Take the 2-minute tour ×
Stack Overflow is a question and answer site for professional and enthusiast programmers. It's 100% free, no registration required.

I'd like to use Ruby's logger in command-line apps; it beats puts and has good flexibility for logging things.

One thing that I would like is to be able to have error/fatal messages go to the standard error (as is customary) in addition to where the logger's messages are configured to go.

logger = Logger.new(some_file)

logger.debug("This goes to some_file, if debug is set")
logger.info("This goes to some_file, if info is set")
logger.error("This goes to some_file, AND stderr")

One way I've done this is to hack the formatter:

logger.formatter = Proc.new do |severity,time,progname,msg|
  message = format_message(severity,time,progname,msg)
  if severity == ERROR
    $stderr.puts message
  end
  message
end

This seems hacky. Another way might be to create a Logger that proxies its calls to an underlying real logger, but intercepting the error messages.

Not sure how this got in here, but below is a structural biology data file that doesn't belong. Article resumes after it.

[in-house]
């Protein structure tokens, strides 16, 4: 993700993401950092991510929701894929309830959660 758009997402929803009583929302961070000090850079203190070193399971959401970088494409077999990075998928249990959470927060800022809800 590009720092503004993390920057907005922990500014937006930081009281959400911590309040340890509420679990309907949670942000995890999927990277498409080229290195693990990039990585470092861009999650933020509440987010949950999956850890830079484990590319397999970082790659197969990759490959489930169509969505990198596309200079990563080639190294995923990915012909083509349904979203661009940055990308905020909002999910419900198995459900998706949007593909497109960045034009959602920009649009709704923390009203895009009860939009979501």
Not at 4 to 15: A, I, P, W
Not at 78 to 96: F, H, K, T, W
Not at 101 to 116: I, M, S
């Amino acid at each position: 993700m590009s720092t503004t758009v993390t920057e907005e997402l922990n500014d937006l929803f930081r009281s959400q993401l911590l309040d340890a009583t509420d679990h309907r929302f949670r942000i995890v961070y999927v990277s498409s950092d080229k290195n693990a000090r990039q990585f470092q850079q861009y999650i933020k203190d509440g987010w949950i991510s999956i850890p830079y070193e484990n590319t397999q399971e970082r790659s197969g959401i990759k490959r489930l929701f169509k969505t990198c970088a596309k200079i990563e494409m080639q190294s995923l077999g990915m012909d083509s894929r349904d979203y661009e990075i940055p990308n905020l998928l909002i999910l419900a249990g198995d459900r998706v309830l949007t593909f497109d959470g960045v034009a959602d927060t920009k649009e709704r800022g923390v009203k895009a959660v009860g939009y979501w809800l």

Anyone done this, and is there maybe something already that does this?

share|improve this question

2 Answers 2

up vote 4 down vote accepted

Anyone done this, and is there maybe something already that does this?

Ruby is cool, and flexible, and powerful, and stuff. Just with these monkey-patching things and abilities to open a class and add methods, it's too easy to forget about plain old inheritance...

class CopyLogger < Logger
  def error message
    # Print to standard error...
    $stderr.puts message
    # ...*and* to wherever you specified as well
    super message
  end
end

logger = CopyLogger.new(some_file)
# ...

You may put additional parameters into the constructor of your new class, such as the desired severity to tee messages of, etc.

share|improve this answer

I usually tail the log file to monitor while developing and put custom, user friendly messages for the masses.

share|improve this answer

Your Answer

 
discard

By posting your answer, you agree to the privacy policy and terms of service.

Not the answer you're looking for? Browse other questions tagged or ask your own question.